I’m thinking I’ll do a few gadget posts while I gear up for real cooking sometime soon. I figured I’d start with some of my favorite kitchen gadgets, since this, after all, a cooking blog.
I have quite a few recipes on the blog where I talk about using my pressure cooker. It is absolutely my favorite tool in the kitchen. It takes cooking times down by half on rice and potatoes. And for my rice this is a big deal, because I use brown rices most of the time and it reduces the 45 minute cooking time down to 20 minutes for perfect rice.
Soups and stews cook in 15 to 30 minutes and taste like they cooked all day. Full of flavor, tender and juicy meats, perfect vegetables. It tops my slow-cooker because I don’t have to take time out in the morning to remember to put everything together before I leave for work. Instead I can come home, throw it all in the pressure cooker, bring it up to pressure, reduce the heat and walk away.
I know that using a pressure cooker can be intimidating, especially if you have only used one from 30 years ago when, at least in my memory of them from when I was a kid, they were a time bomb waiting to go off on the stove. The new ones are such a vast improvement, even a skeptic like me has learned to appreciate the value.
Because, you see, I never wanted a pressure cooker. I didn’t even buy this one. It was completely my ex’s idea. The reason was because at this altitude if you want to cook beans, you have to have a pressure cooker, otherwise, no matter how long you soak and cook your beans, they are still crunchy and this frustrated him. So he researched and fussed and finally settled on this one: Kuhn Rikon Pressure Cooker
It was love at first sight for me… well, after I saw what it could do and was convinced it wasn’t going to turn my kitchen into demolition zone. Soon I was using it daily. (Oh, and don’t worry, the ex bought a newer model and took with him.)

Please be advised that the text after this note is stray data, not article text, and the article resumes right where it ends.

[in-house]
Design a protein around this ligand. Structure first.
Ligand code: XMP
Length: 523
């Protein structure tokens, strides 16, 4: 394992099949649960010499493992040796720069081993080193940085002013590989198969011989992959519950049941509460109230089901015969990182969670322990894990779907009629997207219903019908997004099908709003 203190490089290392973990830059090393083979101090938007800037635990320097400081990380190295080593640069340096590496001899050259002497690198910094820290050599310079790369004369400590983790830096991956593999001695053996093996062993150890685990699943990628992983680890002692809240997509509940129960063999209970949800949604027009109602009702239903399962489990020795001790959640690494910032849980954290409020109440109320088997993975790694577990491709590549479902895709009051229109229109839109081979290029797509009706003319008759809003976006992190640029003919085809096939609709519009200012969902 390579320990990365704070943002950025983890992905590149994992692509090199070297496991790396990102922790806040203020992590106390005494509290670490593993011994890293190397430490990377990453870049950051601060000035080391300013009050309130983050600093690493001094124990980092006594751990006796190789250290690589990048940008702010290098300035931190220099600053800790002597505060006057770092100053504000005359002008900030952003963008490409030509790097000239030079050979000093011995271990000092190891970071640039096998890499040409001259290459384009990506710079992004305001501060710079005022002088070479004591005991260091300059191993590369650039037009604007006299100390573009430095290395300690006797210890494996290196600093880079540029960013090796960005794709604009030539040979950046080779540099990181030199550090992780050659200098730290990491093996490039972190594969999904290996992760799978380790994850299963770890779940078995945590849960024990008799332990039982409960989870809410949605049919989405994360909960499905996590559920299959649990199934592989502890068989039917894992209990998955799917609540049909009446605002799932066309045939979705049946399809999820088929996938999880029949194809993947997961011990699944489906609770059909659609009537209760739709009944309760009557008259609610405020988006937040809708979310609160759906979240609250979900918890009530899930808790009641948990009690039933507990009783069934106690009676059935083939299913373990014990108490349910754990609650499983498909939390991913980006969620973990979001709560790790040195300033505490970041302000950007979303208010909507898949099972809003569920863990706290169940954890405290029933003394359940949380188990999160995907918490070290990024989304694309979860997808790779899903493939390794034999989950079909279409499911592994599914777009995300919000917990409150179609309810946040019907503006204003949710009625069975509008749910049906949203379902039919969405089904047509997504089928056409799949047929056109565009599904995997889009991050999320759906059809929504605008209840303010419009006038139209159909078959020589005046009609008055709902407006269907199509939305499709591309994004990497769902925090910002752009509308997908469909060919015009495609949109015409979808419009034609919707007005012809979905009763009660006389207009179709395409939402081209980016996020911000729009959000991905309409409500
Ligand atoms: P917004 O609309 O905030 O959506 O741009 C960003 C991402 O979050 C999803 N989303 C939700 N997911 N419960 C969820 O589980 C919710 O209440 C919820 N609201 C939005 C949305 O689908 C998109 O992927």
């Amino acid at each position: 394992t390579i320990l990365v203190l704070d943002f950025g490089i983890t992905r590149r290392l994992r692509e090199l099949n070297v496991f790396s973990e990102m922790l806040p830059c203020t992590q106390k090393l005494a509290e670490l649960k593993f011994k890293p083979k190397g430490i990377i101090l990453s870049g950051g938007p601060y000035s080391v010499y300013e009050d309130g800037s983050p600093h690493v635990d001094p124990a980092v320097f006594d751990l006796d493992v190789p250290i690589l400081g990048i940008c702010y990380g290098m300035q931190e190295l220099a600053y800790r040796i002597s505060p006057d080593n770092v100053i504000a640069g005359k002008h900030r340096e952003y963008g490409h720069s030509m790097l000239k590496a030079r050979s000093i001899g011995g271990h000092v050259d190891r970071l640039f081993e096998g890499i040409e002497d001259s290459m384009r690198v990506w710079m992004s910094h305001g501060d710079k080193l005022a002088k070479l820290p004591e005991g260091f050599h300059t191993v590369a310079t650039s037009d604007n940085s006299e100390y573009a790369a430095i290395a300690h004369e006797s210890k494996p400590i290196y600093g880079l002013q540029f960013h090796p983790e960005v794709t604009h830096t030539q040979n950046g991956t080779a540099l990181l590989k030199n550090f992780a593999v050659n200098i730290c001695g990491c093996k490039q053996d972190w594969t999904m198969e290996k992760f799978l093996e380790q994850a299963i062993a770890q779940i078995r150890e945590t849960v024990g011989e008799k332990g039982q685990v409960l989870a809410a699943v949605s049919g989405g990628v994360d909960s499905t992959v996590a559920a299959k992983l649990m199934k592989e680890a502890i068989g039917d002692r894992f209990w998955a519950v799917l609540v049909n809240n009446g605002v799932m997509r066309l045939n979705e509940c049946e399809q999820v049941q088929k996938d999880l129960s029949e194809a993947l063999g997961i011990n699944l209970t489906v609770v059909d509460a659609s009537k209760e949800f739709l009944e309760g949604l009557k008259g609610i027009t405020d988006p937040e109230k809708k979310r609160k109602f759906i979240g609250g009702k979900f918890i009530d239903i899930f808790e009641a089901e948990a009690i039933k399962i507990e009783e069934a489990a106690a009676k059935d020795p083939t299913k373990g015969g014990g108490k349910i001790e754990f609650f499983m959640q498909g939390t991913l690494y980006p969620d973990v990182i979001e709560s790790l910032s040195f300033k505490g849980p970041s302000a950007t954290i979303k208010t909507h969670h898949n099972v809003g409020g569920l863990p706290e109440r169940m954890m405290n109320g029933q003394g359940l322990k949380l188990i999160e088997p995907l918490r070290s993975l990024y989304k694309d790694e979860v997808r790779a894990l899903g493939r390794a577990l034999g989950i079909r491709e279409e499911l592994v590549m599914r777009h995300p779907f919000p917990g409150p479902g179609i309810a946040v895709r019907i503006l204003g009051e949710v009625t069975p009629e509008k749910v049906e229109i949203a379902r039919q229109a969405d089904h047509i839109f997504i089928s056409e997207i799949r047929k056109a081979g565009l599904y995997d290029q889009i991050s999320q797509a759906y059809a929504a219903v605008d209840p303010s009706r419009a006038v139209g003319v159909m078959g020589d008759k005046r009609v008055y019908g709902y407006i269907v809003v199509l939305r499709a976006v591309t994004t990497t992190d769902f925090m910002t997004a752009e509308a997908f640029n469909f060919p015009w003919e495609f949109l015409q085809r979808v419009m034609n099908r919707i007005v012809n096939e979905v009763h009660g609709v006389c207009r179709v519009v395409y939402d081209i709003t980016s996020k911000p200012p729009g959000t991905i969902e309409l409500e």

Pressure cookers save time, save energy and can make great delicious one-pot meals that people will think you slaved over. If you decide to buy one, buy the best you can afford. Mine is 15 years old and showing no signs of quitting on me. Make sure it comes with a steaming trivet, this is essential for steaming potatoes, meats and vegetables.
Plan on replacing the rubber rings every 3-5 years, depending on how you use your cooker.
If you’ve never used a pressure cooker before, allow yourself some room for learning and errors. Read the directions that come with your cooker – they are all pretty similar in how they work, but each model will have specifics you’ll need to know. Most come with a cookbook for basic items, use it. Once you get the hang of cooking times and styles, you’ll easily be able to adapt other recipes to pressure cooking.
If a pressure cooker appeals to you and you have any questions, hit the comments or send me an email.